Third, I went online to the Prints and Photographs division of the Library of Congress.

I typed a key word in and instantly the photograph I was looking for came up. (That rarely happens. Usually I have to dig around a little bit.) So I was super excited I found this image so quickly.

Fourth: I did three things.
1. I checked the RIGHTS ADVISORY. It says: No known restrictions on publication.
2. I printed out this page. Since I plan to self-publish the book that will have this photograph in it, I will need to cite the correct information in my bibliography/photo source page.
3. I checked if a jpg image was available for me to download onto my own computer (and eventually plug into my word document). It was. So I downloaded the photograph onto my computer and I printed out the actual photograph.

Fifth, I went back to my manuscript I was working on. I kept the original version that was already finished.

But this time, I started to rewrite it based on the free historic photographs I could actually find.

Posted by: nancyisanders | November 14, 2014

Christmas Gospel Tract

Screen Shot 2014-11-14 at 5.19.56 PM

It already feels like Christmas here at my house. I’ve been listening to Christmas music all day long and researching what really happened at the first Christmas 2000 years ago. That’s because for the last month I’ve been writing stuff for a Christmas project I’m working on. I only have until next Wednesday for my deadline, but am almost done. Whew!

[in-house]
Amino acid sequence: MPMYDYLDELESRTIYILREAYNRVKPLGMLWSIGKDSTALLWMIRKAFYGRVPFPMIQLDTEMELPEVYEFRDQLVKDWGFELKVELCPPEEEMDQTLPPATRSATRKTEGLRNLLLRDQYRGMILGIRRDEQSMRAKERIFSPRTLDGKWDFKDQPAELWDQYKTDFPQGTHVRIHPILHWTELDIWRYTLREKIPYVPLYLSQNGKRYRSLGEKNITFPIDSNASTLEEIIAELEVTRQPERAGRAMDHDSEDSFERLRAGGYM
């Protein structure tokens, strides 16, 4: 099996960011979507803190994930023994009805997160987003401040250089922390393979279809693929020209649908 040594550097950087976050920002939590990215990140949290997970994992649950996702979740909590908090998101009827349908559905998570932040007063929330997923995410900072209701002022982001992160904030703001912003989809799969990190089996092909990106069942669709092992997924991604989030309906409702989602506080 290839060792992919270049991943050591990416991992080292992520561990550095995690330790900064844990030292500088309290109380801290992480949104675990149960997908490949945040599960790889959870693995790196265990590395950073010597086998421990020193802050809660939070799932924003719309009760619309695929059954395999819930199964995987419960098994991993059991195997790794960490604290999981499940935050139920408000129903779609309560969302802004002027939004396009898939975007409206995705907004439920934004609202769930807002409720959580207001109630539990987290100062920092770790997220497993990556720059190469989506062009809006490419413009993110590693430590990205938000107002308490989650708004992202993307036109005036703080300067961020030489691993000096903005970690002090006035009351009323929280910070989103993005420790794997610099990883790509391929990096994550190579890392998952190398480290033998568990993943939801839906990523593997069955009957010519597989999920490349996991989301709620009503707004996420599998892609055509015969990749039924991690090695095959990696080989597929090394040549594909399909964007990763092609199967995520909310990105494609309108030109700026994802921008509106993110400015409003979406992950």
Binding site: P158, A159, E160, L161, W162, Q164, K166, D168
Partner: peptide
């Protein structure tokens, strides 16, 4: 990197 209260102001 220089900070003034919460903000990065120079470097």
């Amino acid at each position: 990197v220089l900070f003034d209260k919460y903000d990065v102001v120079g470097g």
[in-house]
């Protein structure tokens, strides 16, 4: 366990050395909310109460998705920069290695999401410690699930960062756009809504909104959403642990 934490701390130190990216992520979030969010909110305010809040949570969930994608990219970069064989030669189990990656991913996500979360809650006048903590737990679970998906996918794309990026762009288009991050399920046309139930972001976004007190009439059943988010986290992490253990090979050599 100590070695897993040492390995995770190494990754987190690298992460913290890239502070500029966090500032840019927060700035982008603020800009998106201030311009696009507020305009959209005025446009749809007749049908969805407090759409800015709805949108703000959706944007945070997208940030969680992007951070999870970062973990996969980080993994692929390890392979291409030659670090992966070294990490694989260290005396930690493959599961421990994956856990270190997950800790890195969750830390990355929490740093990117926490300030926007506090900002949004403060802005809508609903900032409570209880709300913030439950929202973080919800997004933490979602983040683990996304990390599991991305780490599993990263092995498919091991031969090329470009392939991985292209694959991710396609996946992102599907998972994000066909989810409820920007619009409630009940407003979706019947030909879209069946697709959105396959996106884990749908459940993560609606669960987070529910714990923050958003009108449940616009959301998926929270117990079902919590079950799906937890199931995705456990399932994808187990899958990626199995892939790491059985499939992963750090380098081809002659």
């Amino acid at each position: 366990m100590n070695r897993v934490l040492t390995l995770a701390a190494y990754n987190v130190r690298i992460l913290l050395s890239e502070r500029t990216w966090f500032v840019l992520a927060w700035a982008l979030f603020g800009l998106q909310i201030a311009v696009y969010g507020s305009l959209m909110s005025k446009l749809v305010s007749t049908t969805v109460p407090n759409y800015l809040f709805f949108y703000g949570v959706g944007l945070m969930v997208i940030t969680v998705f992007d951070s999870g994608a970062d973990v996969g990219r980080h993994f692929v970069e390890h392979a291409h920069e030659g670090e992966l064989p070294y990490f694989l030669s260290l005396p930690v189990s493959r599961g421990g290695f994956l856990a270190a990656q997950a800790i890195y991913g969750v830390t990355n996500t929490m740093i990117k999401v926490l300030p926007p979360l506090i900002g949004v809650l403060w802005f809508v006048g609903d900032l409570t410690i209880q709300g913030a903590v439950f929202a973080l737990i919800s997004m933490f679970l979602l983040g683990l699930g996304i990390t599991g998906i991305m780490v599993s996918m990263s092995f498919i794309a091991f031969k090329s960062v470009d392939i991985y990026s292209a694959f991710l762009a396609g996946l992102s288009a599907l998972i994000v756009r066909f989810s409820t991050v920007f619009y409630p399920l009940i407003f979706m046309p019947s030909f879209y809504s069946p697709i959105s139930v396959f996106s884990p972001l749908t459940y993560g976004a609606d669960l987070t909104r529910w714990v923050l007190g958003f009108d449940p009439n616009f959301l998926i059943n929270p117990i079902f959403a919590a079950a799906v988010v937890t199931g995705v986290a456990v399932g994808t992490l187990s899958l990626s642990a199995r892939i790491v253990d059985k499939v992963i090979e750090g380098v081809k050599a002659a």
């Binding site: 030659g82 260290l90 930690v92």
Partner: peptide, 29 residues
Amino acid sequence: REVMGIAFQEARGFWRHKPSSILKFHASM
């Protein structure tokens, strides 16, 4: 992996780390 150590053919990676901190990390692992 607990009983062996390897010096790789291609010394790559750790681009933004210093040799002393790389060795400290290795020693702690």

So today I felt like taking a break and putting together some of the exciting things I’ve been enjoying and make a Gospel tract for kids.

It’s free!

You can download both sides of the tract (front and inside) at my store at Teacher’s Pay Teachers. Then you can print it out, back-to-back.

*Print it out and share it with the kids you cherish. (Encourage them to share it with their friends, too.)
*Print it out and give it with your gifts this Christmas.
*Print it out and mail it with your Christmas cards to your family and friends.

It’s my (early) Christmas gift to you this year! Feel free to use it in whatever way you want and share the TRUE gift of Christmas with others.

CLICK HERE to download the front page of the Gospel tract. (See above)

CLICK HERE to download the inside page of the Gospel tract. (See below)

Then print them back-to-back, fold like a trifold, and share the Gospel with your family and friends.

Screen Shot 2014-11-14 at 5.20.16 PM

Posted by: nancyisanders | November 13, 2014

Writing Opportunity: Research Books Arrived

Last night I picked up my research books that I ordered in at my local library.

You see, even though we’re writing simple little nonfiction manuscripts, the research process is still important. I want to back up my facts with solid sources.

So here’s what I’m planning on doing in the next few upcoming days:

Finish the text of my manuscripts.
I’m writing one to submit to Kaeden and one to self-publish and sell in my store at Teachers Pay Teachers.

Finish the sidebars in my text.
These will be simple yet informative, just like the sidebars in my mentor text, THE BIRD FEEDER.